SOME STAND, OTHERS SIT; KAZAN DECLINES COMMENT.
After a round of applause that included both standing ovations and icy silence, Elia Kazan accepted the Academy's Lifetime Achievement Award on Sunday without mentioning blacklisting or the McCarthy hearings.
In what was perhaps the most anticipated acceptance speech of the 71st Academy Awards, the 89-year-old director just said thank you.
``I want to thank the academy for its courage, generosity,'' Kazan said. ``Thank you all very much. I think I could just slip away.''
Kazan's brief speech was preceded by a round of applause that put Hollywood's biggest stars on the spot as television cameras panned the auditorium to show who was standing, who was clapping - and who was sitting quietly in protest.
Among those who were seated with arms folded or by their sides were actors Ed Harris, Amy Madigan and Nick Nolte.
Those offering a standing ovation included actor-director Warren Beatty and actors Kurt Russell, Helen Hunt and Kathy Bates.
Fellow director Steven Spielberg and his actress wife, Kate Capshaw, applauded but did not stand.
The award was bestowed by actor Robert De Niro and director Martin Scorsese, who praised Kazan's contributions to film and introduced a montage of Kazan's work, including 1947's ``Gentleman's Agreement'' and 1954's ``On the Waterfront'' - both of which earned him directing Oscars.
The 47 years since Kazan's testimony before the House Un-American Activities Committee - in which he named eight colleagues as members of the Communist Party - have failed to quiet the controversy within Hollywood over the McCarthy hearings and blacklisting.
The hubbub over Kazan's award within the Dorothy Chandler Pavilion was all but confined to the few moments of his presentation. But comedian Chris Rock couldn't resist a joke: ``Keep Kazan away from De Niro, 'cause De Niro hates rats.''
Nor could host Whoopi Goldberg, who joked that she thought ``the blacklist was Hattie McDaniel and me,'' a reference to the first African-American Oscar winner, a Best Supporting Actress nod for ``Gone With the Wind.''
On the sidewalks outside the Chandler Pavilion, hundreds of demonstrators were as divided as those inside.
The demonstrations were mostly peaceful, with the exception of one scuffle between anti-Kazan demonstrators and the California Young Americans for Freedom, who came toting signs in support of the controversial director.
Los Angeles police officers arrested one man for beating YAF Director Darren Marks over the head with a placard. ``One guy took a swing at my head, and somebody else busted a sign over my head,'' Marks said later.
His placards hailed Kazan as an American hero: ``Kazan: Defender of Free Speech,'' ``Hollywood Communists worked for Stalin,'' or more low-brow statements like ``Kazan's the Man'' and ``Commies Drool, Capitalists Rule.''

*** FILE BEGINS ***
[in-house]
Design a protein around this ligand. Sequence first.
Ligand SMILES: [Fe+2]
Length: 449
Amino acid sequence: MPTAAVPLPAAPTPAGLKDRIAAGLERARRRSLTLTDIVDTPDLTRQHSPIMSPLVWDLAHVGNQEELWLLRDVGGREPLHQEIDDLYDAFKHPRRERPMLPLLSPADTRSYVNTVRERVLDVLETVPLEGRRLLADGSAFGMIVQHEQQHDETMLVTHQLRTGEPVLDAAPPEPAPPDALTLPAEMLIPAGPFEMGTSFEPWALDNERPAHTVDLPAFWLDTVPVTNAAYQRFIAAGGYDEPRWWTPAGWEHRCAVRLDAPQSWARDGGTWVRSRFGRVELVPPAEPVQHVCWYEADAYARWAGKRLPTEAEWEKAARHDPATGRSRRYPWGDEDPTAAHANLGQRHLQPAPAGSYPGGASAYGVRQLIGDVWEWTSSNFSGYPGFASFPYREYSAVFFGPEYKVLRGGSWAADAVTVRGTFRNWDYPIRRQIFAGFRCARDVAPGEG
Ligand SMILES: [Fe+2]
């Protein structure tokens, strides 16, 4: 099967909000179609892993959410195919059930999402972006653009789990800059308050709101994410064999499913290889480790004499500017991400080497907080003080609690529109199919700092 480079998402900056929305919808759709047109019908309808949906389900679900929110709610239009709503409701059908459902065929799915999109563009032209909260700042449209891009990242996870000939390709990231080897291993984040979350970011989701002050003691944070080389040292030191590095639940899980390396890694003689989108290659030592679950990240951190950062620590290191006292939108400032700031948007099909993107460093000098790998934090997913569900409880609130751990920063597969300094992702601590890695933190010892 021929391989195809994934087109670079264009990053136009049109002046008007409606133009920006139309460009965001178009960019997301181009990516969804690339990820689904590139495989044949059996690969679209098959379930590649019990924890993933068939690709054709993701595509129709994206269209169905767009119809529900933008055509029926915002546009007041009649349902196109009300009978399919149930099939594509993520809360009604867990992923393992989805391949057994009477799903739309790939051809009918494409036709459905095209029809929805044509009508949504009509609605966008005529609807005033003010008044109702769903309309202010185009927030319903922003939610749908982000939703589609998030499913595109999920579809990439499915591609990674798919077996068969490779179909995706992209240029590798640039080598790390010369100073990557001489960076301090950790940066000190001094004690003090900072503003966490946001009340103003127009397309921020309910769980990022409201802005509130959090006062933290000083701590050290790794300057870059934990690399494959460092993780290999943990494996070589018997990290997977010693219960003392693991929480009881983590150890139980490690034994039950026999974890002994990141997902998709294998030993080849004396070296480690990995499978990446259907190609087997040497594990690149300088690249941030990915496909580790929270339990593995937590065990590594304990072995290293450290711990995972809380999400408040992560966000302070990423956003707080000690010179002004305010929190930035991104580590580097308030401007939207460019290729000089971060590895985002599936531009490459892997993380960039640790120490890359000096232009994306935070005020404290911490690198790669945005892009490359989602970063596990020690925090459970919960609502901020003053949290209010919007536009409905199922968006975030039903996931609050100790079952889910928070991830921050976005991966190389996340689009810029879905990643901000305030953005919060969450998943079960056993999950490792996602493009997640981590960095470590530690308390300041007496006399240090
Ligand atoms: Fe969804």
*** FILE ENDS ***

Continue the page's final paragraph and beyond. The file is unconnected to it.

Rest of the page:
But there were even more signs calling Kazan and the Academy of Motion Picture Arts and Sciences villains: ``And the informer is . . . Elia Kazan,'' ``Honor the blacklisted,'' and, in a contemporary twist, ``Elia Kazan, the Linda Tripp of the Film Industry.''
``They're similar because they both squealed on their friends,'' said Julia Stoville of San Pedro. ``I can see Kazan getting Oscars for his films, but not for his life's work, which includes going to the House Un-American Activities Committee and naming names. He ruined people's lives. He should apologize.''
Scott Milvaney of Glendale wore black tape across his mouth (most of the time) to protest Kazan's Oscar.
``He basically destroyed those people,'' Milvaney said. ``But the good thing is we're finally talking about Kazan and the blacklists, which is Hollywood's darkest shame.''
Bob Hager, a Woodland Hills resident who joined the Ayn Rand Institute's pro-Kazan picket line, said he believes Kazan did the right thing.
``All he did was tell the truth. It's the Hollywood leftists who should apologize. They were the villains. They were aiding and abetting the Soviet Union. Mr. Kazan should get the Presidential Medal of Freedom.''
The protesters began gathering around noon, building to a rowdy frenzy by 3 p.m. as the stars arrived. The demonstrators jockeyed for the best position to espouse their views, spilling out onto the sidewalks at Hope Street and First Street.
At times, the groups became so focused on each other they seemed to forget about the steady procession of stars filing into the Oscars across the street. The stars responded in kind, pulling up with their tinted limousine windows rolled up.
Kazan's supporters say the filmmaker is an American hero.
``These communists were working for Stalin in secret,'' said Jeff Greene, who brought his wife and two children to wave signs in support of Kazan. ``If you're going to hate America, at least do it publicly. It took a lot of courage for Kazan to speak out against these communists.''
By 5 p.m., when the cameras and the stars were inside, the protesters quickly dispersed.
PHOTO (1 -- color) Norma Barzman, center, a blacklisted screenwriter, keeps her distance with help from LAPD Officer G. Rodriguez outside the ceremony.
Charlotte Schmid-Maybach/Special to the Daily News
(2 -- color) Director Martin Scorsese embraces filmmaker Elia Kazan, who received the Academy's Lifetime Achievement Oscar on Sunday.
David R. Crane/Daily News
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|Publication:||Daily News (Los Angeles, CA)|
|Date:||Mar 22, 1999|
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